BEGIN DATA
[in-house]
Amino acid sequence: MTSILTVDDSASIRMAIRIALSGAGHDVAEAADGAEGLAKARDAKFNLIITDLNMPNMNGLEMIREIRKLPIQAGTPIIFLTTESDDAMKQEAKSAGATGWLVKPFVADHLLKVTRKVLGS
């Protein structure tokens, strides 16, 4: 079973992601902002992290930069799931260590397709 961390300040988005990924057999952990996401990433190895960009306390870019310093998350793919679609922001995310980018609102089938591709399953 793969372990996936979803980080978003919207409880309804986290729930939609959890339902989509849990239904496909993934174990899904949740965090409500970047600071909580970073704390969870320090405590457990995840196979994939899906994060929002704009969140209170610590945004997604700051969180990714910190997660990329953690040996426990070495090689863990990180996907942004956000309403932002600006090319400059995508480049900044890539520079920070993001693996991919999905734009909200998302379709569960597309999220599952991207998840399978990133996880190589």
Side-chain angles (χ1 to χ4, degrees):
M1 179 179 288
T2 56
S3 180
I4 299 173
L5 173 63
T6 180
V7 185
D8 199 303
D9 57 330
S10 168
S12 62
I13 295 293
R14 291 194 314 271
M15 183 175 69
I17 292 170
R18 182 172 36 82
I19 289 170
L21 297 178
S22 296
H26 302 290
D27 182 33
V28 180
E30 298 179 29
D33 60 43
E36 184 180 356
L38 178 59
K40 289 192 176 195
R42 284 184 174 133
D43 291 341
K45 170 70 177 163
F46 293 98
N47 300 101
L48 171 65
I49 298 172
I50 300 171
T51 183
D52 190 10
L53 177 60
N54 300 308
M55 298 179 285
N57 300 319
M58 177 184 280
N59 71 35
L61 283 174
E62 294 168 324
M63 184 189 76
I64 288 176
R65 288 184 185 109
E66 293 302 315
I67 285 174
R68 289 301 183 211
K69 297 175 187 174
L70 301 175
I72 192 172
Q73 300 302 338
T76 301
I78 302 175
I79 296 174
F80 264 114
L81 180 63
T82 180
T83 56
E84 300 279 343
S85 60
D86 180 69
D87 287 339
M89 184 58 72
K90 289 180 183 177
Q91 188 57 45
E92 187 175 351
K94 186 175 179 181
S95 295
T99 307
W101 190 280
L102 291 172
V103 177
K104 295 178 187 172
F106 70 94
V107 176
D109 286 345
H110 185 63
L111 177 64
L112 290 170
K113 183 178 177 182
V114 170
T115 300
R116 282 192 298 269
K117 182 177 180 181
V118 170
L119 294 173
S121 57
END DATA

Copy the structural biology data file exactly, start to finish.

[in-house]
Amino acid sequence: MTSILTVDDSASIRMAIRIALSGAGHDVAEAADGAEGLAKARDAKFNLIITDLNMPNMNGLEMIREIRKLPIQAGTPIIFLTTESDDAMKQEAKSAGATGWLVKPFVADHLLKVTRKVLGS
């Protein structure tokens, strides 16, 4: 079973992601902002992290930069799931260590397709 961390300040988005990924057999952990996401990433190895960009306390870019310093998350793919679609922001995310980018609102089938591709399953 793969372990996936979803980080978003919207409880309804986290729930939609959890339902989509849990239904496909993934174990899904949740965090409500970047600071909580970073704390969870320090405590457990995840196979994939899906994060929002704009969140209170610590945004997604700051969180990714910190997660990329953690040996426990070495090689863990990180996907942004956000309403932002600006090319400059995508480049900044890539520079920070993001693996991919999905734009909200998302379709569960597309999220599952991207998840399978990133996880190589």
Side-chain angles (χ1 to χ4, degrees):
M1 179 179 288
T2 56
S3 180
I4 299 173
L5 173 63
T6 180
V7 185
D8 199 303
D9 57 330
S10 168
S12 62
I13 295 293
R14 291 194 314 271
M15 183 175 69
I17 292 170
R18 182 172 36 82
I19 289 170
L21 297 178
S22 296
H26 302 290
D27 182 33
V28 180
E30 298 179 29
D33 60 43
E36 184 180 356
L38 178 59
K40 289 192 176 195
R42 284 184 174 133
D43 291 341
K45 170 70 177 163
F46 293 98
N47 300 101
L48 171 65
I49 298 172
I50 300 171
T51 183
D52 190 10
L53 177 60
N54 300 308
M55 298 179 285
N57 300 319
M58 177 184 280
N59 71 35
L61 283 174
E62 294 168 324
M63 184 189 76
I64 288 176
R65 288 184 185 109
E66 293 302 315
I67 285 174
R68 289 301 183 211
K69 297 175 187 174
L70 301 175
I72 192 172
Q73 300 302 338
T76 301
I78 302 175
I79 296 174
F80 264 114
L81 180 63
T82 180
T83 56
E84 300 279 343
S85 60
D86 180 69
D87 287 339
M89 184 58 72
K90 289 180 183 177
Q91 188 57 45
E92 187 175 351
K94 186 175 179 181
S95 295
T99 307
W101 190 280
L102 291 172
V103 177
K104 295 178 187 172
F106 70 94
V107 176
D109 286 345
H110 185 63
L111 177 64
L112 290 170
K113 183 178 177 182
V114 170
T115 300
R116 282 192 298 269
K117 182 177 180 181
V118 170
L119 294 173
S121 57